Jon Stewart BUSTS Media's 'Jail-Gasm' Over Mueller, Perverse Incentives

March 25th, 2022 6:27 PM

As NewsBusters previously reported, comedian Jon Stewart dedicated an entire episode of his Apple TV show, The Problem With Jon Stewart to how the media overplayed their hand with the Mueller report and filled their coverage with “bulls***,” and effectively turned it into a “noose-tightened, closed-walled, family-style jail-gasm.” But there was more to the show as he brought on media insiders to discuss the problem and surprisingly sat down with former Disney CEO and ABC News boss, Bob Iger.

“The reason why I chose the Mueller Report to kind of do the autopsy on was they talked a lot about the disappointment in the Mueller Report. But that disappointment was the fruit of the seed that they planted…” he deduced as he brought on his panel of former Fox Newer Chris Stirewalt, Sean McLaughlin of EW Scripps, and former CNNer Soledad O’Brien,

Stirewalt immediately diagnosed the real problem as the perverse incentive structure created by the use of an outdated rating system. “That's the problem. The death knell is if your numbers go down, that's why we only get one story at a time,” he said.

O’Brien agreed and blew Stewart’s mind when she informed him that major media networks have access to a “minute-by-minute” breakdown of their ratings almost in real-time and they were instrumental in determining what to air (click “expand”):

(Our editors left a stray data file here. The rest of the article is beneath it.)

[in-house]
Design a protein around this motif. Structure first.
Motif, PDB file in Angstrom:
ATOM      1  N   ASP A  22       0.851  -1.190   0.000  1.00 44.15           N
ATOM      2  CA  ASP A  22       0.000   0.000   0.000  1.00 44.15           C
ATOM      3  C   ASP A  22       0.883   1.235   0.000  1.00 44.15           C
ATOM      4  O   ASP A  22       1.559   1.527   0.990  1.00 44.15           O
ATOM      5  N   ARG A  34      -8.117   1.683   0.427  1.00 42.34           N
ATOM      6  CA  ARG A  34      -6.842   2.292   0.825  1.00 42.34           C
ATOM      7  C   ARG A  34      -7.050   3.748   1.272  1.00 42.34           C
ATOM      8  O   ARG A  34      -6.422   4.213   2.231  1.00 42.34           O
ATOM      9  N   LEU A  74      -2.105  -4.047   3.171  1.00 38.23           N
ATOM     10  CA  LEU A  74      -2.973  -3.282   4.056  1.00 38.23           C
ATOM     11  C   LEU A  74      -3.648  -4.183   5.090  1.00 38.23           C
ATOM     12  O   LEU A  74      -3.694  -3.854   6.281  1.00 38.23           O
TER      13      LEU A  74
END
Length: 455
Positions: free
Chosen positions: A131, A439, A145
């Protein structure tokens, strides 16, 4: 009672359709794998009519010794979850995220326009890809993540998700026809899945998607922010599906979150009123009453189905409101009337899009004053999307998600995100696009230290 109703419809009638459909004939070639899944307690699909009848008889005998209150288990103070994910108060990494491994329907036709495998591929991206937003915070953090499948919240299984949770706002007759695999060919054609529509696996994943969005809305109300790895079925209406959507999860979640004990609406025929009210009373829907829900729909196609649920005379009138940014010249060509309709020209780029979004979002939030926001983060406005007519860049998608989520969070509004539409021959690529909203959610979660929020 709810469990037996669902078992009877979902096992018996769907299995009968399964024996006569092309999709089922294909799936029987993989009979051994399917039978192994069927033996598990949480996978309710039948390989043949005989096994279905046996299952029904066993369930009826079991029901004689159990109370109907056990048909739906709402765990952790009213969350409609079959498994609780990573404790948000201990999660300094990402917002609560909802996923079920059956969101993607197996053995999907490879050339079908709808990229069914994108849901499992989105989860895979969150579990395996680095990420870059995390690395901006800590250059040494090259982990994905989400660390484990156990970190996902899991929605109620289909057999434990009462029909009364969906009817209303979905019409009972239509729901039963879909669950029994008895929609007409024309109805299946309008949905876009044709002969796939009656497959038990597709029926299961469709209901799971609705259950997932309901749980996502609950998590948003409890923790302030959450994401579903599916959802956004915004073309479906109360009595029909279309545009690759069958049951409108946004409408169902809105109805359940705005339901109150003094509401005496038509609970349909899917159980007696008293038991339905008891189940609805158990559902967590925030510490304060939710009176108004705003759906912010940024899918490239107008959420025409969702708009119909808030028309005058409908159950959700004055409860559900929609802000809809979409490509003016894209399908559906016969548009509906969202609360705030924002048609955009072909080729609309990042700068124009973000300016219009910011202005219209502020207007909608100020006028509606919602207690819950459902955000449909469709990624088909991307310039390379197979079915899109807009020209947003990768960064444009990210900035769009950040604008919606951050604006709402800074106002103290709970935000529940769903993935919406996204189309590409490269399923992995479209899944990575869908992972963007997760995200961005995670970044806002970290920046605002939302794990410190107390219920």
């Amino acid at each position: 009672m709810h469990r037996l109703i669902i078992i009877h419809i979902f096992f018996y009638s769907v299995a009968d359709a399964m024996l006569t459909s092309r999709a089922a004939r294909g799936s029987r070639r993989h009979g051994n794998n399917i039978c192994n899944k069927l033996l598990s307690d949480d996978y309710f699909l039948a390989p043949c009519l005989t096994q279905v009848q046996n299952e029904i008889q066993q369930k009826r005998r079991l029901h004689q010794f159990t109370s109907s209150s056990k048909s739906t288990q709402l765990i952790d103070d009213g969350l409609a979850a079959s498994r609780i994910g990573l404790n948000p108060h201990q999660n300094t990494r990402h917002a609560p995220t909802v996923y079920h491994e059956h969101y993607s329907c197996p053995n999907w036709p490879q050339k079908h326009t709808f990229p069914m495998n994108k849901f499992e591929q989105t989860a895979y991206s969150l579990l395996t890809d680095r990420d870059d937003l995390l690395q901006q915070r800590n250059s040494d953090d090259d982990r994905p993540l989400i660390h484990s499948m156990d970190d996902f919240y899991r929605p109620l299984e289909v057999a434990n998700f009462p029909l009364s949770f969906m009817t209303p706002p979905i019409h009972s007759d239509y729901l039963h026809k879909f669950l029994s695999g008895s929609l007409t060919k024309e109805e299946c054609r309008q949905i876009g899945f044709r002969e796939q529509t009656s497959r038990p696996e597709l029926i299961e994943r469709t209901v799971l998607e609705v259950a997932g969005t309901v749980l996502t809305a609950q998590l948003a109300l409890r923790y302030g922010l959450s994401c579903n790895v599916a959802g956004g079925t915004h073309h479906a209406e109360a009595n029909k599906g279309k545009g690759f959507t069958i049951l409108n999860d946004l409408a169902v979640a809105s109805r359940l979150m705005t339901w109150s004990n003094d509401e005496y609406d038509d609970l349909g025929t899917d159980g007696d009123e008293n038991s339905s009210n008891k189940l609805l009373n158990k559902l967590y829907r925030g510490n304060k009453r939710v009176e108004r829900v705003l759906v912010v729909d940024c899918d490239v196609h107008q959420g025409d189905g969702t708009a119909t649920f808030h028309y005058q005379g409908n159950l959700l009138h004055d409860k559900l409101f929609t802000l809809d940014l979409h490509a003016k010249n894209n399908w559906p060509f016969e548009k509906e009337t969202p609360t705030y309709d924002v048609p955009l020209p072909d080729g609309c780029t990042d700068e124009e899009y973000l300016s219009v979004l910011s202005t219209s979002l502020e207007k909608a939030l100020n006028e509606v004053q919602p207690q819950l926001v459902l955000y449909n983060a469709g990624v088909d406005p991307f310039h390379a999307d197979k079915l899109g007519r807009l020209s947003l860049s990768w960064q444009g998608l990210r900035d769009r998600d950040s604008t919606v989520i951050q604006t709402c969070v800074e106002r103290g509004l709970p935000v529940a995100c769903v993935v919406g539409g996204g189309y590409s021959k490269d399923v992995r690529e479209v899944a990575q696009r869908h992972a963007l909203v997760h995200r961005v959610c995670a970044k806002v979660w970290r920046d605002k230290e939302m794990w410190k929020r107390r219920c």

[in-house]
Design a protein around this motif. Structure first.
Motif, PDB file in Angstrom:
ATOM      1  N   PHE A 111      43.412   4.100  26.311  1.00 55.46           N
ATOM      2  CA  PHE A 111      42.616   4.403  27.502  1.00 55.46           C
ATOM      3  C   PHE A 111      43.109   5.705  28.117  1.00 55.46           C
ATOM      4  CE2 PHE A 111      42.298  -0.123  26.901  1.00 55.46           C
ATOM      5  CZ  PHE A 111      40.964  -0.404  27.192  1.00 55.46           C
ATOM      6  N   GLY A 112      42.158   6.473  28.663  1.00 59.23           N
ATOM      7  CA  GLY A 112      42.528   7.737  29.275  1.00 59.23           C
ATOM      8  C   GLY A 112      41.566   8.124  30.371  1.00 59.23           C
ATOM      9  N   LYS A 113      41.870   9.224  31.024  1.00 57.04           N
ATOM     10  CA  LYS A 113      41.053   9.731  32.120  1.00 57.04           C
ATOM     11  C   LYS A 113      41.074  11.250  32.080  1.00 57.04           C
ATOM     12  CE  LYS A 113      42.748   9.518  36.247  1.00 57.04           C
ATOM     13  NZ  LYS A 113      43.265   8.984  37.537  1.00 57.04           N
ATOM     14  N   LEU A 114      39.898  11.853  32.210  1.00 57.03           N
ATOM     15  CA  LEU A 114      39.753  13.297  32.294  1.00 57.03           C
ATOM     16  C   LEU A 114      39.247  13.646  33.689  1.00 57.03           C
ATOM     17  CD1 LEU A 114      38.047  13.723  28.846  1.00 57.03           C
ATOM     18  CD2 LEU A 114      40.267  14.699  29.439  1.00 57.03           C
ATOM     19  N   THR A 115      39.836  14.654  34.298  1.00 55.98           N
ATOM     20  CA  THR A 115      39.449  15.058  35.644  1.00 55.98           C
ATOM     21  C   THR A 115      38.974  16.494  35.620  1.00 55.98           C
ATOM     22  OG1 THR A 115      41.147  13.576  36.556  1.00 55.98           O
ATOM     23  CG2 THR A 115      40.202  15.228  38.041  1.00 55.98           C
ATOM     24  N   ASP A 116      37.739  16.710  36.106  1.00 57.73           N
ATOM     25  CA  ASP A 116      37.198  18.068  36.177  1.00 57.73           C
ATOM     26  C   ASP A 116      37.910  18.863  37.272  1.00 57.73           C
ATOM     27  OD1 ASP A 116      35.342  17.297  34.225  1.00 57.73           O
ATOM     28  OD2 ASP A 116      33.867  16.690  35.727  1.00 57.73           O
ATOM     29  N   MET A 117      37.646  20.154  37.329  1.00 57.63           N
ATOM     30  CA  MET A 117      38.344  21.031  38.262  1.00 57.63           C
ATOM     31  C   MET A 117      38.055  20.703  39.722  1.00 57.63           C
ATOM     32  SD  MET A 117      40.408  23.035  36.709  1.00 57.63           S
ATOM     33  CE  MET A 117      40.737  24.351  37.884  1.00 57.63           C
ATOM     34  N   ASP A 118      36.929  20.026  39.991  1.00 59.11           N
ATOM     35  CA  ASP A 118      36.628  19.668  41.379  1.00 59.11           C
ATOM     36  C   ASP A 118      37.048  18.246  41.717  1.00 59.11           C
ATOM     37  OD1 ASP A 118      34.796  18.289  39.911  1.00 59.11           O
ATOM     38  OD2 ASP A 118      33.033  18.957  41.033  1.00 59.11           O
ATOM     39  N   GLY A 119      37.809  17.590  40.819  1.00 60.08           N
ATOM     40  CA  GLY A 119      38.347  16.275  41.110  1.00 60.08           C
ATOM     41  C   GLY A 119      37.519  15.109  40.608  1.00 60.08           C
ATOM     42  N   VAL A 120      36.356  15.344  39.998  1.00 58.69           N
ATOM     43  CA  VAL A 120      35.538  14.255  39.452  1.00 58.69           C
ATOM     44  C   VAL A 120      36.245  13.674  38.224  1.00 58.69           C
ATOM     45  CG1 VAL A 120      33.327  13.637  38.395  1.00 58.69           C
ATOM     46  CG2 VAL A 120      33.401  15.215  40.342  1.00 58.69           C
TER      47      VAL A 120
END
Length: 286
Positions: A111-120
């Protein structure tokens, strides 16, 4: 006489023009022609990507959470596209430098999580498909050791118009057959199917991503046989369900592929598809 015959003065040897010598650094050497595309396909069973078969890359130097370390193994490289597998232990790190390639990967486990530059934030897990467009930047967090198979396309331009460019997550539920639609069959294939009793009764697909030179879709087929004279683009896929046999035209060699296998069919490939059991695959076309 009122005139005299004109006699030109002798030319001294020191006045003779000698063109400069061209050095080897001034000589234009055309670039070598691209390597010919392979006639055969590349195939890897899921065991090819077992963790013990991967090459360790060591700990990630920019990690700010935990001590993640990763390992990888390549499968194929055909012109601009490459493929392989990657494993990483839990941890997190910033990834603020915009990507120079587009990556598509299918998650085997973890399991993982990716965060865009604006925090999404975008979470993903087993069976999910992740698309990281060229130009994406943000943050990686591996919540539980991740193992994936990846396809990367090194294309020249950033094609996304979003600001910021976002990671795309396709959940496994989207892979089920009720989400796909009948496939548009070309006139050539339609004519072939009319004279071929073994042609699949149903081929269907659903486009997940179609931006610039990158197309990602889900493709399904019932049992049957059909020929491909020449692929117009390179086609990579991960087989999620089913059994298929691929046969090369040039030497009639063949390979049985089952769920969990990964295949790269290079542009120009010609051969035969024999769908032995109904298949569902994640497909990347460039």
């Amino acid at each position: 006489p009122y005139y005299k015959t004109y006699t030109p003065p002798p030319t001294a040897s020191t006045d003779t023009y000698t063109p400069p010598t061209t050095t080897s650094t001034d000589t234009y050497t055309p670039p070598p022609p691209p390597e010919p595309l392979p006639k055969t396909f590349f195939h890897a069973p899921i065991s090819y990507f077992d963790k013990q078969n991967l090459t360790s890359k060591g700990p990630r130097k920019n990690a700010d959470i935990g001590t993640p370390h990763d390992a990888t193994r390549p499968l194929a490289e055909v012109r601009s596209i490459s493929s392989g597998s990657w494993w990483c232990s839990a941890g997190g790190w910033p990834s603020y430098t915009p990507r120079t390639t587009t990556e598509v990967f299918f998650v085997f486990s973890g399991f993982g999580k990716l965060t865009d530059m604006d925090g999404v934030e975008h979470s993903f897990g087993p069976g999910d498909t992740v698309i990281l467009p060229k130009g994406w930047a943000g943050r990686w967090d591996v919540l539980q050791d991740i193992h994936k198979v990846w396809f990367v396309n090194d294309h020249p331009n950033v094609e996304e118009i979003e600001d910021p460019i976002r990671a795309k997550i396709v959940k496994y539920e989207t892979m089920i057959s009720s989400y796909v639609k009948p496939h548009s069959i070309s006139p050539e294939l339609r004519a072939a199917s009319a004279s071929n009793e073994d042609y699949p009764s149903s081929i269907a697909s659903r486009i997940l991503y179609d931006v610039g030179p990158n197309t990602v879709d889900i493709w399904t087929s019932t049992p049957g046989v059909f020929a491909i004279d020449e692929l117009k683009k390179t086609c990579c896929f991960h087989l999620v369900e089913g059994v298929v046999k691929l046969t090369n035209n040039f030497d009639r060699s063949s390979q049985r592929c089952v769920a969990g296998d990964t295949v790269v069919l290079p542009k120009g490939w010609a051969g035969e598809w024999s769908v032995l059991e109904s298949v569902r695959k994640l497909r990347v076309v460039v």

O’BRIEN: So, as long as the delta, the ratings increase from yesterday keeps going, you're gonna obviously keep doing that story, but you've got to milk it a little bit more. You know, you get a minute-by-minute ratings print out. You know exactly –

STEWART: You get a minute-by-minute ratings print out at CNN?!

O’BREIN: Everywhere, not just at CNN and it's called the minute-by-minutes. You know exactly. You can tell what story was I in when the ratings went up and what story up. Look at the end of the hour, we lost a bunch of people, whatever that was figure out. We should never do that again.

STEWART: They will say it explicitly?

O’BRIEN: Yeah.

Putting the pieces together, Stewart formulated that “basically what the news is saying to us is, ‘this isn't our fault, it's your fault.’” Adding: “They are outsourcing the responsibility of news gathering and news telling to, ‘well, if they would watch better stuff, we'd show them that.’”



He seemed absolutely shocked but suggested there was a similar thing going on at Comedy Central (an entertainment channel) when he was doing The Daily Show. “[W]e developed the thing that we believed in and the audience showed up rather than doing research on what the audience wanted and backing into it,” he explained.

At one point, when they were talking about no one wanting to buck the lucrative system they set up, O’Brien seemed to give a tacit admission that she bugged out after she got hers:

I think it's about systems like, ‘well listen I'm in the system and this is how the system is and if I would like to get paid – continue to be paid the money that I'm making, which is seriously good money. Do I really want to fight the system?’

In the transition from the panel discussion to the Iger interview, there was a clip of a production meeting for the show where an exacerbated Stewart informs the group, “We're not going to have an interview with somebody who runs a news division or used to run a news division.”